It’s hanging basket season! They can be a source of delight but also a source of stress. It’s easy for a hanging basket to fail badly. Too sparsely filled and they look bedraggled. Too little water and death is swift!
The secret to growing a successful basket lays both in the way it’s planted but also in sensible aftercare.
Plant the basket with bedding plants at the beginning of May but don’t plant them out for a couple of weeks, especially if you live in a more exposed area. Instead give them some shelter in a porch, or unheated greenhouse, or even under polythene at the side of the house. This allows the new plants to grow and toughen up a little before they are hung in their final position.
Check your bracket and chains for signs of rust and also check that the bracket is securely fixed to the wall. Hanging baskets are extremely heavy, especially when they are wet and you really don’t want your lovingly-planted orb of flowers to be deposited unceremoniously all over the floor!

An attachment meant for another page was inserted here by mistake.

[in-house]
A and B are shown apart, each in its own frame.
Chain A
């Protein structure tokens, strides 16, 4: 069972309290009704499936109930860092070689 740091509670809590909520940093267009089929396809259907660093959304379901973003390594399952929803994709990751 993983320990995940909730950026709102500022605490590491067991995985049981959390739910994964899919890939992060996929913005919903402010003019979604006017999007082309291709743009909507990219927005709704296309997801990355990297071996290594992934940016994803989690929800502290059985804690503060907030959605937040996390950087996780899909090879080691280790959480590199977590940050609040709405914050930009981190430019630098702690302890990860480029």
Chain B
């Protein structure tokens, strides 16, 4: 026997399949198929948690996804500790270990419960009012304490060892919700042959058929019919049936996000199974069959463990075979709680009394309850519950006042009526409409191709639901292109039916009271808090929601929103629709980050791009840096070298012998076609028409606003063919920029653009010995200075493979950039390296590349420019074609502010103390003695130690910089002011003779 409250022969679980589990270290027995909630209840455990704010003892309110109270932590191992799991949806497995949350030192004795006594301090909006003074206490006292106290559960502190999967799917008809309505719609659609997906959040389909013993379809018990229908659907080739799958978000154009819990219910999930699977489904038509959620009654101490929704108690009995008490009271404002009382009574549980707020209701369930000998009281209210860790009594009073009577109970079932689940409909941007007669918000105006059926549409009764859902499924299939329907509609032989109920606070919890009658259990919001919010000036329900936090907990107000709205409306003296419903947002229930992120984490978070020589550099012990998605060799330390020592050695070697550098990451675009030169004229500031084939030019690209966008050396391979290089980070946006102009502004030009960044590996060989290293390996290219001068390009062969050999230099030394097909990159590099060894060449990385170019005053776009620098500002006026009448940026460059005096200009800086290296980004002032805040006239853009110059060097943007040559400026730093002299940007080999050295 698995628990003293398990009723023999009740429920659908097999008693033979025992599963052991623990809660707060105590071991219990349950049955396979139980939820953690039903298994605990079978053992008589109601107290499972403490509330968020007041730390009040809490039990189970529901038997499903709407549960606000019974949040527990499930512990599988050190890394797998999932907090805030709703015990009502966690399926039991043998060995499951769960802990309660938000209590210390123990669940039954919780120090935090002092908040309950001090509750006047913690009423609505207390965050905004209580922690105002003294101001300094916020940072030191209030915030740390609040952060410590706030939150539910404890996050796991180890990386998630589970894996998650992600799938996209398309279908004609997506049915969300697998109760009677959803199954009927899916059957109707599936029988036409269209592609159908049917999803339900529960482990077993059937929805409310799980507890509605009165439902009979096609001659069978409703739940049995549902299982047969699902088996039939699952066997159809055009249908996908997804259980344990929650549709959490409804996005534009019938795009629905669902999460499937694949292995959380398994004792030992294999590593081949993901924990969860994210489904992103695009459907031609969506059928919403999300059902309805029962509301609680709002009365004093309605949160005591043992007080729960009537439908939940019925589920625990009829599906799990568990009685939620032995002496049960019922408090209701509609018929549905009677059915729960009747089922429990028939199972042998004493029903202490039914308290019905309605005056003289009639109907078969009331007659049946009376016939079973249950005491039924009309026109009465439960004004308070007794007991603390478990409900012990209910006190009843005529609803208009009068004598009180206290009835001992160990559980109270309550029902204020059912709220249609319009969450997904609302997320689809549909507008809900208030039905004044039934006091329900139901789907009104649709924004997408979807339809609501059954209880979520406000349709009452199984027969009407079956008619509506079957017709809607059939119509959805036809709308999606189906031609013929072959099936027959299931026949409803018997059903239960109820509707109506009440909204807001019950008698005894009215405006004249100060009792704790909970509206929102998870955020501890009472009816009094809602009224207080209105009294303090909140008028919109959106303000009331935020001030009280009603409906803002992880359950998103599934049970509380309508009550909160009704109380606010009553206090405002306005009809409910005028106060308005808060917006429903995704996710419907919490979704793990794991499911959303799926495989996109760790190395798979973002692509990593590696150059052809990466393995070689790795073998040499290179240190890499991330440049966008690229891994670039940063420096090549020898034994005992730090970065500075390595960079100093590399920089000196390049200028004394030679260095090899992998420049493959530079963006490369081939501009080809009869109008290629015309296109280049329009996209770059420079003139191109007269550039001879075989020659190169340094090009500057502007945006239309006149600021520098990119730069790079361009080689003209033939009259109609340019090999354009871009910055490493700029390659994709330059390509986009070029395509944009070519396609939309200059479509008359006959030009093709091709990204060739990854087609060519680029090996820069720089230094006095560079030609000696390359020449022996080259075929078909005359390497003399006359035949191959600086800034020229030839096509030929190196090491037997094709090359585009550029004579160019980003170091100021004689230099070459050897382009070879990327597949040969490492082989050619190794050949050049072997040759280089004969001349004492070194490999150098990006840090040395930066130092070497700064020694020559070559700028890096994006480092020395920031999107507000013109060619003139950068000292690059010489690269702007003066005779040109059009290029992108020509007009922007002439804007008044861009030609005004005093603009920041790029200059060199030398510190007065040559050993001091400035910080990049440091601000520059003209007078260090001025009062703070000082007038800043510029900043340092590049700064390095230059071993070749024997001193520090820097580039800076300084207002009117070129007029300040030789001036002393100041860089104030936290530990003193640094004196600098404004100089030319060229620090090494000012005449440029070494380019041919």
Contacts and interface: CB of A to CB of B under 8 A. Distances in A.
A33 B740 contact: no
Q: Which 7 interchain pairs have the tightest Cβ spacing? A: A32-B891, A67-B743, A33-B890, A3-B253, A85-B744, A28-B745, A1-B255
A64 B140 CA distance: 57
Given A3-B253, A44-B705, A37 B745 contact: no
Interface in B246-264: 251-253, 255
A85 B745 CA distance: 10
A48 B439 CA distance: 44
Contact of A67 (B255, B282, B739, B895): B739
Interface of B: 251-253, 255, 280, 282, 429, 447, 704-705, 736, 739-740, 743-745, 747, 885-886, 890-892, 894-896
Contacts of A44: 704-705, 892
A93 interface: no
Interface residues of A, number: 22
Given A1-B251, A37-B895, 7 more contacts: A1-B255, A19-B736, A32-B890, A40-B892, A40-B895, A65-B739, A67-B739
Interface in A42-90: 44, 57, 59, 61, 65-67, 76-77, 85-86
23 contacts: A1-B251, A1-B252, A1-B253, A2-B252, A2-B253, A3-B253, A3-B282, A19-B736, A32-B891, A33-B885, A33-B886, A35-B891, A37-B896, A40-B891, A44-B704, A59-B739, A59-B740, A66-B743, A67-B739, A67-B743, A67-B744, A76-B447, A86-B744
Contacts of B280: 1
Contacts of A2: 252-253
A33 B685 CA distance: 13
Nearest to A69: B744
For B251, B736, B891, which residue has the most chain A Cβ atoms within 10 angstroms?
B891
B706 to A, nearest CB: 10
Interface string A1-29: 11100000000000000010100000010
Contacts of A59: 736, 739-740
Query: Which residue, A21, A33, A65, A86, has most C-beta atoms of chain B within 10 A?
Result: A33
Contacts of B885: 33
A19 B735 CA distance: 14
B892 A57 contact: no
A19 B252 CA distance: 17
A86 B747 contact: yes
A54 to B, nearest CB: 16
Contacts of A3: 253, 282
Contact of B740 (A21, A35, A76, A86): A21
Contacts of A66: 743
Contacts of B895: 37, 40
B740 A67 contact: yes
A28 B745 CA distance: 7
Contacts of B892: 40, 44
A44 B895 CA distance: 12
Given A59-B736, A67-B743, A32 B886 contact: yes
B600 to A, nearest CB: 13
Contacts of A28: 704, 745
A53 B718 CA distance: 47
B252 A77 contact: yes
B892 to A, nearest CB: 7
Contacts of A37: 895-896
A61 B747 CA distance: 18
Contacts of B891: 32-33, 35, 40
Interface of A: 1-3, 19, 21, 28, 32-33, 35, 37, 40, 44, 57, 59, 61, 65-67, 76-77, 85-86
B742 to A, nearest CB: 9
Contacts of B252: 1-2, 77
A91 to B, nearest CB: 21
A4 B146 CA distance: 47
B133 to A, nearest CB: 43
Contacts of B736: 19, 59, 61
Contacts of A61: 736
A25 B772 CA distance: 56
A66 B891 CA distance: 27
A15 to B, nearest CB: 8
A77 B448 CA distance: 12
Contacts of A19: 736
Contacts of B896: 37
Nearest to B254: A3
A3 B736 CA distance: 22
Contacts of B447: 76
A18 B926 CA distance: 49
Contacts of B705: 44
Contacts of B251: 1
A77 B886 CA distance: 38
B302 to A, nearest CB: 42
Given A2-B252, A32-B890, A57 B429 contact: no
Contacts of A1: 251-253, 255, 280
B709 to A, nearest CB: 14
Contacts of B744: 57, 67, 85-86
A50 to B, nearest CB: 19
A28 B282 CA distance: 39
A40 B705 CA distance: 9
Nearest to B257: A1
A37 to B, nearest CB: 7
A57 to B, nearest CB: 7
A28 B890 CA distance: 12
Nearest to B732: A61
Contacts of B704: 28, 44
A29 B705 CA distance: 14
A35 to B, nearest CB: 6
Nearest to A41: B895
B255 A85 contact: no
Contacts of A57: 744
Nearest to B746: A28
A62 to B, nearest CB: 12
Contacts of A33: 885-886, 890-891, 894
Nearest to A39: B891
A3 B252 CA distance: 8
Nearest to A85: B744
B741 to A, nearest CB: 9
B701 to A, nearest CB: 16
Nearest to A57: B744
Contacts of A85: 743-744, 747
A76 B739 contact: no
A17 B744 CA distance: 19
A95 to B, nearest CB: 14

Planting is easiest if you balance the basket on a large flowerpot or bucket. Fibrous liners help to retain water and look nicer than polythene. For extra moisture retention place a circle of polythene in the base of the basket before filling with soil.
The best planting medium is soilless multi-purpose compost, mixed with water-retaining granules. Place a layer of compost in the base of the basket and push the first layer of plants through. Trailing plants such as lobelia, bidens and ivy-leafed pelargoniums look lovely but you can be as creative as you like. Water the plants in their containers before planting them and squeeze the rootball firmly to make it small enough to push through the mesh from the outside. Plant quite densely and gradually build up layers of plants and soil. When it’s full within 3cm of the rim you can plant up the top with more upright, compact bushy plants like begonias, petunias and pelargoniums.
Make sure your basket never dries out. It will be reliant on you for all water and nutrition. If you water it at least once a day and feed with dilute tomato fertilizer once a week I promise it will be a blooming basket in the best possible way. Happy gardening!
By Rachael Leverton